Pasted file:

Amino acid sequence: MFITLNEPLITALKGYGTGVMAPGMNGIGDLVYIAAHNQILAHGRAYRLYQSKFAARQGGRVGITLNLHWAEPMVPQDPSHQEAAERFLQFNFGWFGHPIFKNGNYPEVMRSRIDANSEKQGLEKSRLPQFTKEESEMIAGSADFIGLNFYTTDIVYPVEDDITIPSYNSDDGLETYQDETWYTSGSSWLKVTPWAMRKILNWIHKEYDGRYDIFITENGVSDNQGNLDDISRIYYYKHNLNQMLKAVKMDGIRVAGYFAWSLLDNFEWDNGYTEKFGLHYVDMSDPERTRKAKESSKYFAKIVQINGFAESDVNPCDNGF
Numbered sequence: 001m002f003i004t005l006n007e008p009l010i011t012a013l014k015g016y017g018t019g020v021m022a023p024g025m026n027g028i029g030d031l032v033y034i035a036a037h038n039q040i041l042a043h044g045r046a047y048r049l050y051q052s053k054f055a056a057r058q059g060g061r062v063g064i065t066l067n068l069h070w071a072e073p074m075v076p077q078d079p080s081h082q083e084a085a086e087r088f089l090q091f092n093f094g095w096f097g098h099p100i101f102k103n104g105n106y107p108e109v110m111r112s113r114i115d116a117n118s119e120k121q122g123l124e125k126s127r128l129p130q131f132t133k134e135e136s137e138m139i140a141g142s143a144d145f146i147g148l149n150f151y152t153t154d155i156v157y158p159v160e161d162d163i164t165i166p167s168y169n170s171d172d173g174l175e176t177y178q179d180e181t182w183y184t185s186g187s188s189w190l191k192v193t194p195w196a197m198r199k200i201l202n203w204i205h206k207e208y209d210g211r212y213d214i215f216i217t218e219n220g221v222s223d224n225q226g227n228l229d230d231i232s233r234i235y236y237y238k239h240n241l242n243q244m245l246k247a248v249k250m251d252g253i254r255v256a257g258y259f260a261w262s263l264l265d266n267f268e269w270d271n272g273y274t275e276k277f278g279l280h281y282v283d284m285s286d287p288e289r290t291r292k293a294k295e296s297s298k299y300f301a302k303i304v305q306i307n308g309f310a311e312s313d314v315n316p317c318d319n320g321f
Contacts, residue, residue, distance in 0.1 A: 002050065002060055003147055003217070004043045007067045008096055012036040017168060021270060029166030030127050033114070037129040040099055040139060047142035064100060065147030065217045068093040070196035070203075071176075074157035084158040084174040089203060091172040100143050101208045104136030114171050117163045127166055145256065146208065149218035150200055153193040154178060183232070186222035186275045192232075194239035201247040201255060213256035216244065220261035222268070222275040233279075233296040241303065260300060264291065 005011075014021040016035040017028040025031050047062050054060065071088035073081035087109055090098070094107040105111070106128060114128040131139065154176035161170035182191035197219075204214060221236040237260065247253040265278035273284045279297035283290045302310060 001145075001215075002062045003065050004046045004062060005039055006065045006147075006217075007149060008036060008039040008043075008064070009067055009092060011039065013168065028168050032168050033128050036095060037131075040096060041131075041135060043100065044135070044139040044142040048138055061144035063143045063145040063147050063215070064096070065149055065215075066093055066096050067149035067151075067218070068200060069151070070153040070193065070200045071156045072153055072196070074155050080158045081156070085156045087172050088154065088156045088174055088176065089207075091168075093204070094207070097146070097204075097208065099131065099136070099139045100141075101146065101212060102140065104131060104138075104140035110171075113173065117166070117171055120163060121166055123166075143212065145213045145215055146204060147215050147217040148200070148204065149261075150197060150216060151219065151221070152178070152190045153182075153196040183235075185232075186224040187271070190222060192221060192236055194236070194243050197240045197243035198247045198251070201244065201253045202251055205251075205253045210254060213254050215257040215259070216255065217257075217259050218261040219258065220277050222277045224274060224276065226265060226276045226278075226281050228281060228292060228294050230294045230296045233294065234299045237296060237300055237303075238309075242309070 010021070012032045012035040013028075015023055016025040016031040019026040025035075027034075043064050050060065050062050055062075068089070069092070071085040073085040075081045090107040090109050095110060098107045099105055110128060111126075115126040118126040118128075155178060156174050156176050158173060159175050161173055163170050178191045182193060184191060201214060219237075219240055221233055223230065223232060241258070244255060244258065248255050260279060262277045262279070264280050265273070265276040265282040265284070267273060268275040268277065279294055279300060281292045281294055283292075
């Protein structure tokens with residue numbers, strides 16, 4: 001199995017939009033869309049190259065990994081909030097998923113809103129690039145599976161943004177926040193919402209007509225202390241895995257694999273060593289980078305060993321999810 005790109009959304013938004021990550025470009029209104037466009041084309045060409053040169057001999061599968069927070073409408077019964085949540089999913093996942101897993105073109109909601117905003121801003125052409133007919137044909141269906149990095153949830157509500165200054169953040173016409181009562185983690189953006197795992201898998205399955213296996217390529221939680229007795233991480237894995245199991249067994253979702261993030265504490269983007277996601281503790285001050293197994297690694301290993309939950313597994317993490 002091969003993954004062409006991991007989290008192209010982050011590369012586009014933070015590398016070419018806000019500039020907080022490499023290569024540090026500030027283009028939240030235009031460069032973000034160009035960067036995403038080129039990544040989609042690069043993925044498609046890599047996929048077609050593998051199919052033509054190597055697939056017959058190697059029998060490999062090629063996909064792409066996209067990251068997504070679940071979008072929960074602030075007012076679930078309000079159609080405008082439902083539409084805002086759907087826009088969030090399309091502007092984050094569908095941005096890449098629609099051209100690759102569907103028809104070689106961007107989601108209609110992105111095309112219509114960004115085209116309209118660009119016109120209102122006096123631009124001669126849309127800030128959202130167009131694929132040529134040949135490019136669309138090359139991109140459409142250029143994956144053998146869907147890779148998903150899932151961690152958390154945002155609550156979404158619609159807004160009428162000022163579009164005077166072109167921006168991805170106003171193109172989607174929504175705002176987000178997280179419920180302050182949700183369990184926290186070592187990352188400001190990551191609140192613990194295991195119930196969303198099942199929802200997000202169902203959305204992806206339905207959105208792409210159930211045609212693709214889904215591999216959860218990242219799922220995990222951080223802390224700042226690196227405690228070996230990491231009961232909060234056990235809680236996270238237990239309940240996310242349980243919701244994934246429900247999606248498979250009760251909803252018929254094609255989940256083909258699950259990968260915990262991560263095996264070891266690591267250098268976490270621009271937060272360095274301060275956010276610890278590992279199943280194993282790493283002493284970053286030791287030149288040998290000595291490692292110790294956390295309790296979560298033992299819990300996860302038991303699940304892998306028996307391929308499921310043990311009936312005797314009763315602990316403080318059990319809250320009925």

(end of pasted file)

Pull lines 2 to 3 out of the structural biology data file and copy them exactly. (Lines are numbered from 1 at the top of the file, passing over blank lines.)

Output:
Numbered sequence: 001m002f003i004t005l006n007e008p009l010i011t012a013l014k015g016y017g018t019g020v021m022a023p024g025m026n027g028i029g030d031l032v033y034i035a036a037h038n039q040i041l042a043h044g045r046a047y048r049l050y051q052s053k054f055a056a057r058q059g060g061r062v063g064i065t066l067n068l069h070w071a072e073p074m075v076p077q078d079p080s081h082q083e084a085a086e087r088f089l090q091f092n093f094g095w096f097g098h099p100i101f102k103n104g105n106y107p108e109v110m111r112s113r114i115d116a117n118s119e120k121q122g123l124e125k126s127r128l129p130q131f132t133k134e135e136s137e138m139i140a141g142s143a144d145f146i147g148l149n150f151y152t153t154d155i156v157y158p159v160e161d162d163i164t165i166p167s168y169n170s171d172d173g174l175e176t177y178q179d180e181t182w183y184t185s186g187s188s189w190l191k192v193t194p195w196a197m198r199k200i201l202n203w204i205h206k207e208y209d210g211r212y213d214i215f216i217t218e219n220g221v222s223d224n225q226g227n228l229d230d231i232s233r234i235y236y237y238k239h240n241l242n243q244m245l246k247a248v249k250m251d252g253i254r255v256a257g258y259f260a261w262s263l264l265d266n267f268e269w270d271n272g273y274t275e276k277f278g279l280h281y282v283d284m285s286d287p288e289r290t291r292k293a294k295e296s297s298k299y300f301a302k303i304v305q306i307n308g309f310a311e312s313d314v315n316p317c318d319n320g321f
Contacts, residue, residue, distance in 0.1 A: 002050065002060055003147055003217070004043045007067045008096055012036040017168060021270060029166030030127050033114070037129040040099055040139060047142035064100060065147030065217045068093040070196035070203075071176075074157035084158040084174040089203060091172040100143050101208045104136030114171050117163045127166055145256065146208065149218035150200055153193040154178060183232070186222035186275045192232075194239035201247040201255060213256035216244065220261035222268070222275040233279075233296040241303065260300060264291065 005011075014021040016035040017028040025031050047062050054060065071088035073081035087109055090098070094107040105111070106128060114128040131139065154176035161170035182191035197219075204214060221236040237260065247253040265278035273284045279297035283290045302310060 001145075001215075002062045003065050004046045004062060005039055006065045006147075006217075007149060008036060008039040008043075008064070009067055009092060011039065013168065028168050032168050033128050036095060037131075040096060041131075041135060043100065044135070044139040044142040048138055061144035063143045063145040063147050063215070064096070065149055065215075066093055066096050067149035067151075067218070068200060069151070070153040070193065070200045071156045072153055072196070074155050080158045081156070085156045087172050088154065088156045088174055088176065089207075091168075093204070094207070097146070097204075097208065099131065099136070099139045100141075101146065101212060102140065104131060104138075104140035110171075113173065117166070117171055120163060121166055123166075143212065145213045145215055146204060147215050147217040148200070148204065149261075150197060150216060151219065151221070152178070152190045153182075153196040183235075185232075186224040187271070190222060192221060192236055194236070194243050197240045197243035198247045198251070201244065201253045202251055205251075205253045210254060213254050215257040215259070216255065217257075217259050218261040219258065220277050222277045224274060224276065226265060226276045226278075226281050228281060228292060228294050230294045230296045233294065234299045237296060237300055237303075238309075242309070 010021070012032045012035040013028075015023055016025040016031040019026040025035075027034075043064050050060065050062050055062075068089070069092070071085040073085040075081045090107040090109050095110060098107045099105055110128060111126075115126040118126040118128075155178060156174050156176050158173060159175050161173055163170050178191045182193060184191060201214060219237075219240055221233055223230065223232060241258070244255060244258065248255050260279060262277045262279070264280050265273070265276040265282040265284070267273060268275040268277065279294055279300060281292045281294055283292075